> Jeremy Clear wrote:
> >... That's the crucial thing -- you spend no significant
> >time agonizing over the task; you just quickly pick some concordance
> >lines and send them in. Sure, not everyone will agree 100% that the
> >lines you've picked exactly match the sense I posted (first because
> >the sense I posted was just an arbitrary definition taken from one
> >dictionary which is clearly inadequate to define and delimit precisely
> >a semantic range; and second, because no-one is going to validate or
> Philip Resnik wrote:
> >I agree -- especially since tolerance of noise is necessary even when
> >working with purportedly "quality controlled" data. And one can
> >always post-process to clean things up if quality becomes an issue
> I don't mean to put a damper on this idea, but we should expect that
> the agreement rate will be far from 100%. Also, the tolerance of noise
> will depend on the amount of noise. I did a comparison between the
> tagging of the Brown files in Semcor and the tagging done by DSO.
> I found that the agreement rate was 56%. This is exactly the rate of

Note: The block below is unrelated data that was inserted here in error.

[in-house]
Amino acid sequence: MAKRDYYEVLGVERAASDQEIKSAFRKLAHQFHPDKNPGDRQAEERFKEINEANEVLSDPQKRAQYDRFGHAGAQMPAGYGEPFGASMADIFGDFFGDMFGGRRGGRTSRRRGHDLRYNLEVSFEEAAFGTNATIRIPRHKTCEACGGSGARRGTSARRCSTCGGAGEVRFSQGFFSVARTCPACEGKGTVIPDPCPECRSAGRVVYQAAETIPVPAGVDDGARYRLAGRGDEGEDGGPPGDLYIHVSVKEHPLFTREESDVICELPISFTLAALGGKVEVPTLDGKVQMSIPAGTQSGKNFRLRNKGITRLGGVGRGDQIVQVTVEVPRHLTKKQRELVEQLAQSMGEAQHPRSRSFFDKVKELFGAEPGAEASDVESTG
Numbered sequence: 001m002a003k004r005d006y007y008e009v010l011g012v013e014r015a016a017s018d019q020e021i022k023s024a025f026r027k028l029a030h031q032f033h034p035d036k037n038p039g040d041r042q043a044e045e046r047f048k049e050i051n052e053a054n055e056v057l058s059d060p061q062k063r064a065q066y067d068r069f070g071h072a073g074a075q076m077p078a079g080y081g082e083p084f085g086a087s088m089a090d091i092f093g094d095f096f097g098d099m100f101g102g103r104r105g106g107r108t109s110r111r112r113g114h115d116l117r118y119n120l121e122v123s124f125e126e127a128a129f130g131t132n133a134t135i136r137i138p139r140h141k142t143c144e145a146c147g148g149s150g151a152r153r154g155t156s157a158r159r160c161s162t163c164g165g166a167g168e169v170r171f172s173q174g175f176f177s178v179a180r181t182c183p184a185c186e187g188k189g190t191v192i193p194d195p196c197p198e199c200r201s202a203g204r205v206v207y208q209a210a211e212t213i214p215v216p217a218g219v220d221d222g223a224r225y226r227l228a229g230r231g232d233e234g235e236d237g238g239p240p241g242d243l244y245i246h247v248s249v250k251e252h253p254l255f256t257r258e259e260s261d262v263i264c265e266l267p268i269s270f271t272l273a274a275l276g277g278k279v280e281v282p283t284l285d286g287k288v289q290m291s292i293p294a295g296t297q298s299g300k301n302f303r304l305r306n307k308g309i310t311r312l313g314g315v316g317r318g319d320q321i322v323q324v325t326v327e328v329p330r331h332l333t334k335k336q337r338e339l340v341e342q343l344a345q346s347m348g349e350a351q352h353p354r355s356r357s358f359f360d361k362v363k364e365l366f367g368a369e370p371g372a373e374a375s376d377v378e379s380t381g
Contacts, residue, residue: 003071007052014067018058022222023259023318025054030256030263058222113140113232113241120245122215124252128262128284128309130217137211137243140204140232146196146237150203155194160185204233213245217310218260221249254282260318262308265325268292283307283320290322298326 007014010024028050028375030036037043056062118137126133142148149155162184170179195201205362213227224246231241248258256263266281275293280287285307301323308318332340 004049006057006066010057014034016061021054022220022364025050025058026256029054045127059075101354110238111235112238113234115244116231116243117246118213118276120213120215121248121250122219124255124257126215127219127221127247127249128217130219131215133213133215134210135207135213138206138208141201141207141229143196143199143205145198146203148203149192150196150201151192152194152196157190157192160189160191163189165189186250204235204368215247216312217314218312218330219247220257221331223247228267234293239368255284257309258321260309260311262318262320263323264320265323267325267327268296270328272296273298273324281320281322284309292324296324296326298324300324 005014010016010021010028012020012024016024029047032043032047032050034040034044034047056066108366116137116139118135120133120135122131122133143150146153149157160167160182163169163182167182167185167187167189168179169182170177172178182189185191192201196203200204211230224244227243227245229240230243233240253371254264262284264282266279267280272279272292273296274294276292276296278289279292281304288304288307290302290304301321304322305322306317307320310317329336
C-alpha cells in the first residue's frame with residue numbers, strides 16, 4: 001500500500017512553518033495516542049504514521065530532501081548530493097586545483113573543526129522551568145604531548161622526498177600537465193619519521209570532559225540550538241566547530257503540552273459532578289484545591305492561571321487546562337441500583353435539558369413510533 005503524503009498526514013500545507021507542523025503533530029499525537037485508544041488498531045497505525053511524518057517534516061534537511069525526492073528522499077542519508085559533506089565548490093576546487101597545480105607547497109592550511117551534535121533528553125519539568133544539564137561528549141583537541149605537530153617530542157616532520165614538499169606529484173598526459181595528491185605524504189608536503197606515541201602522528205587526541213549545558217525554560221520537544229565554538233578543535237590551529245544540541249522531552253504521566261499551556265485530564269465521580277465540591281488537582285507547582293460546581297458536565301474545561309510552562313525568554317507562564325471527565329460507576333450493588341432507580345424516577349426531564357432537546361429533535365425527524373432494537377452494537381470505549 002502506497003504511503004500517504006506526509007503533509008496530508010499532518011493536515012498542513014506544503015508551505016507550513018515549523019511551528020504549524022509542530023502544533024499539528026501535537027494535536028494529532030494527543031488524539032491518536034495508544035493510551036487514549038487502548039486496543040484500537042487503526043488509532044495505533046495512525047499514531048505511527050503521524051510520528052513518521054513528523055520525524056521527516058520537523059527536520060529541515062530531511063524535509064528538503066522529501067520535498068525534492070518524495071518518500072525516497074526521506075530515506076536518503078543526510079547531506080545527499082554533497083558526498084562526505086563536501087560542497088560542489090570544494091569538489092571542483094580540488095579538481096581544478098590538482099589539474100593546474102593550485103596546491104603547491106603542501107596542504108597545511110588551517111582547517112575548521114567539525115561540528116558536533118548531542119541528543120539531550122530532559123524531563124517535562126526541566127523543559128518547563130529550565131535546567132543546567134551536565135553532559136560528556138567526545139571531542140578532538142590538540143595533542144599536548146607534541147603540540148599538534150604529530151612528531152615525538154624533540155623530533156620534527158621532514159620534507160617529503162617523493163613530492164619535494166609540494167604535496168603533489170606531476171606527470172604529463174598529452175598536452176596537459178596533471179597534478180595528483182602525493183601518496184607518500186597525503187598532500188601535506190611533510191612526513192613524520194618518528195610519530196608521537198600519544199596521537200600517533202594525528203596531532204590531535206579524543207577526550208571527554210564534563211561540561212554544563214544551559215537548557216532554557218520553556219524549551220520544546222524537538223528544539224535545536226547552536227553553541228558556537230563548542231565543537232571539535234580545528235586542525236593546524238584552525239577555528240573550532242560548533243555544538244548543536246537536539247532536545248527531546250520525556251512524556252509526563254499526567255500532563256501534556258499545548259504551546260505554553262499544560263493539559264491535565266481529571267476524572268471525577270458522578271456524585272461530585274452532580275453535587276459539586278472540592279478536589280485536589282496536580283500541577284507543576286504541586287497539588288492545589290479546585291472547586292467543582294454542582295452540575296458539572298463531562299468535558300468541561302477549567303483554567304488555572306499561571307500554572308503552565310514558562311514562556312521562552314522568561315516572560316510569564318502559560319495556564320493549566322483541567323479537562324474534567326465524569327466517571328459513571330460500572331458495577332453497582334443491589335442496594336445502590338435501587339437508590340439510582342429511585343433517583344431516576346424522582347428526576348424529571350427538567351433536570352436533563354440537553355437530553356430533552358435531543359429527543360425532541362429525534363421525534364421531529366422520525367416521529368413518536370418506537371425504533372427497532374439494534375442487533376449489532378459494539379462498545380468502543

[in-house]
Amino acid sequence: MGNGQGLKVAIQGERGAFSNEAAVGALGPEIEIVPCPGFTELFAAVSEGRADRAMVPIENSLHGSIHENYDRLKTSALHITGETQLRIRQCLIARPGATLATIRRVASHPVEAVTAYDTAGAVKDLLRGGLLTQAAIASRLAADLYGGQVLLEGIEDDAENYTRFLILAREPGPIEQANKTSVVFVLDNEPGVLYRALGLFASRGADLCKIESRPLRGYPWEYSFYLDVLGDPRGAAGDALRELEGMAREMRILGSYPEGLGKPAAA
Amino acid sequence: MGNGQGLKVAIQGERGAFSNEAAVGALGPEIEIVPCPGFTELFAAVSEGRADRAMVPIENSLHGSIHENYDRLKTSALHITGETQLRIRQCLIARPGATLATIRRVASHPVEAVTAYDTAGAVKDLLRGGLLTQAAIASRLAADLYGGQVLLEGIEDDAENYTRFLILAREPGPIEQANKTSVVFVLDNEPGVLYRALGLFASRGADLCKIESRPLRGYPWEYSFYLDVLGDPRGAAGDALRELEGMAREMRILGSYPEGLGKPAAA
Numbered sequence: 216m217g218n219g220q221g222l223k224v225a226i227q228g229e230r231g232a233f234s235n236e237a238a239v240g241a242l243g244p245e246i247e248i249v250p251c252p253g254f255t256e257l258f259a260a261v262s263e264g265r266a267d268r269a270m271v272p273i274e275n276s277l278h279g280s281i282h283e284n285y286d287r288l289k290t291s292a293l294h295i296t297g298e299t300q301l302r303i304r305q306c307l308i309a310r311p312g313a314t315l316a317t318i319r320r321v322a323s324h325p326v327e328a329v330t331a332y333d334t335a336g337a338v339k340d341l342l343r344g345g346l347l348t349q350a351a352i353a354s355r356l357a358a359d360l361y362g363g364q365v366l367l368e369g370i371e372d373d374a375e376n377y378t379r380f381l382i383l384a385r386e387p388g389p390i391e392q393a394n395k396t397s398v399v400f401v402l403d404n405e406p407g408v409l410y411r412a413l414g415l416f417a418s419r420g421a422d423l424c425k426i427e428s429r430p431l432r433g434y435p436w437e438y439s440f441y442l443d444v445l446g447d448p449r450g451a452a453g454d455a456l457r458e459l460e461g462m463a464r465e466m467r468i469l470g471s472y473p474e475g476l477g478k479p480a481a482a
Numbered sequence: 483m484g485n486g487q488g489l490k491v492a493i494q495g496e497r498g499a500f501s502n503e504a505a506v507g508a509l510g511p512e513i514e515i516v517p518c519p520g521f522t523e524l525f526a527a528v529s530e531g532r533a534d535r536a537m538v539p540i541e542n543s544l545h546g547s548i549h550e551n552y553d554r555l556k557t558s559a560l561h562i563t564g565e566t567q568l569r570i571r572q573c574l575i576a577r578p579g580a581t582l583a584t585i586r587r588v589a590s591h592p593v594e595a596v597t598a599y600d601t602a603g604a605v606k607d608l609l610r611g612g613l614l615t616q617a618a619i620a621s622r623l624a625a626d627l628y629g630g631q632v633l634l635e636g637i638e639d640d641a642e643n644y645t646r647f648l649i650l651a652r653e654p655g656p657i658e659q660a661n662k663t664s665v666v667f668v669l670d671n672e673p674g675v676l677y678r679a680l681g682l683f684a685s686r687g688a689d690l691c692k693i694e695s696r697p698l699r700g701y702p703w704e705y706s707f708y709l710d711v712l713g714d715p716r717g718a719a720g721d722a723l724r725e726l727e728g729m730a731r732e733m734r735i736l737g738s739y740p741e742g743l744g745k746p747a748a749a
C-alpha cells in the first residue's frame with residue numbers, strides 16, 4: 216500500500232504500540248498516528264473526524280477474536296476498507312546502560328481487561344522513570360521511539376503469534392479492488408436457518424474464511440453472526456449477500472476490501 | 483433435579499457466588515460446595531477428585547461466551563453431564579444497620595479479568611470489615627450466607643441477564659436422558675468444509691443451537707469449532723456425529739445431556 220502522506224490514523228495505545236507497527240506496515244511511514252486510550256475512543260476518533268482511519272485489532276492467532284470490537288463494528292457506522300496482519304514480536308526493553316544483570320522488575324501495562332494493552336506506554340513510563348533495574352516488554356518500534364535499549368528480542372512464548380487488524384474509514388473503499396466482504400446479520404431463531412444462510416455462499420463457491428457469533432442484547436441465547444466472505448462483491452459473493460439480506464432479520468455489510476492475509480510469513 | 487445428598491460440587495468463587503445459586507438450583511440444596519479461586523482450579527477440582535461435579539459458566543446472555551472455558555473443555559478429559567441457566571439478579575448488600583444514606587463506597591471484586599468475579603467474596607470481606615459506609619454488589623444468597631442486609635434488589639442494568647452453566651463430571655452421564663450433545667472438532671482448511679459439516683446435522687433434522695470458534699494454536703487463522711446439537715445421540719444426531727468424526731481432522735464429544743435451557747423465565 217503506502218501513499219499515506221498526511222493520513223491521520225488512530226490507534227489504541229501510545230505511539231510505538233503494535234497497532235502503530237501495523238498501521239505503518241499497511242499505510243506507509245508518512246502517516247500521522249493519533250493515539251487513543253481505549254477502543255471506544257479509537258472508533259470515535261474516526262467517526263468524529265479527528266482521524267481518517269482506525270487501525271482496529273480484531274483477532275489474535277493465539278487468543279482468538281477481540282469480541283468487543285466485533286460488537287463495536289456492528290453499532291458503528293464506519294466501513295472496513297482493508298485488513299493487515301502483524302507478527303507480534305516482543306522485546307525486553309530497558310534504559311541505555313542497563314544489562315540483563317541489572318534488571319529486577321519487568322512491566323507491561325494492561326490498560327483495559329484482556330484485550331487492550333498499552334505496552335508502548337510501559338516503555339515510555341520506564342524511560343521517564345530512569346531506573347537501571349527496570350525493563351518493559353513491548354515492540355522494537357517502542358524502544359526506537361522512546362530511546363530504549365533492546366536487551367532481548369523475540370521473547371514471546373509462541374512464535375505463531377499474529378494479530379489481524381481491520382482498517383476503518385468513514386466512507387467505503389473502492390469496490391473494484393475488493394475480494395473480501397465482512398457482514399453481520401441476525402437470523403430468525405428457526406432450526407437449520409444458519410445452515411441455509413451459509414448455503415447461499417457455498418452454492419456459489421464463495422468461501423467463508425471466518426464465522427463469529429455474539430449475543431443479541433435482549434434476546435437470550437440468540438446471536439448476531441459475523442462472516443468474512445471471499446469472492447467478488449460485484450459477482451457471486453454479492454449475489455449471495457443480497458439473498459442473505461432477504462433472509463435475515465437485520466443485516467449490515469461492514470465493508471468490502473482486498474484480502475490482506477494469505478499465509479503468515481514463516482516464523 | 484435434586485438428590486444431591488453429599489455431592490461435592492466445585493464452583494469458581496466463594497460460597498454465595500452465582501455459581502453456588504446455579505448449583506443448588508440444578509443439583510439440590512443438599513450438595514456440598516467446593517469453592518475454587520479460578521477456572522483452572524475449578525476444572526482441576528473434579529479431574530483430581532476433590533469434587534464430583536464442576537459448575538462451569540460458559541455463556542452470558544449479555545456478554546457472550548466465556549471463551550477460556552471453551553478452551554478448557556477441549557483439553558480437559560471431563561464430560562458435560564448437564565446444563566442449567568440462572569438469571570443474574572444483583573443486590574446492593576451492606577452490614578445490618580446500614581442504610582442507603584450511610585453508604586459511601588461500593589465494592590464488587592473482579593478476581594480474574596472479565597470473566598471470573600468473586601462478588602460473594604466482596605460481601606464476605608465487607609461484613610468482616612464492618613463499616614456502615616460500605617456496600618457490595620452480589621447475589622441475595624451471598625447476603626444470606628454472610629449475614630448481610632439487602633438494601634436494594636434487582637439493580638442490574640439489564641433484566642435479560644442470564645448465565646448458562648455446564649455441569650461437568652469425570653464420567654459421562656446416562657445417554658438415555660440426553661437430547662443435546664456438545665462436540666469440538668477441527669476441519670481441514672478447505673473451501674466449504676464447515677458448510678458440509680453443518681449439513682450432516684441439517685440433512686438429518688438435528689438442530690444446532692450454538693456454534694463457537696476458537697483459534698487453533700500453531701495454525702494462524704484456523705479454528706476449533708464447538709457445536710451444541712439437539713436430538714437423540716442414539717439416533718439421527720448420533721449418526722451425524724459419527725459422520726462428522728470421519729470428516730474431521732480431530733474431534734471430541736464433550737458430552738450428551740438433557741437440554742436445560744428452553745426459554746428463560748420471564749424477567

> agreement we would find by chance. So the amount of post-processing
> could be quite a bit of work!
Consider that one has 6 sense tags and the other also has 6 sense tags for the same
word in a sentence, assuming that they use the same set of sense tags
(although not likely). The likelihood that the two tagging
algorithms agreed by chance (independently) is 6 x 1/6 x 1/6. So, the
above seems to be true if there are 2 sense tags for the word:
2 x 1/2 x 1/2.
Is this correct?
For information, we did some work in measuring the agreement of sense
tagging between HUMAN, which is about 80% for both recall and precision
(or 0.8 x 0.8 = 0.64 ~ 0.56). However, this is for Chinese over a small
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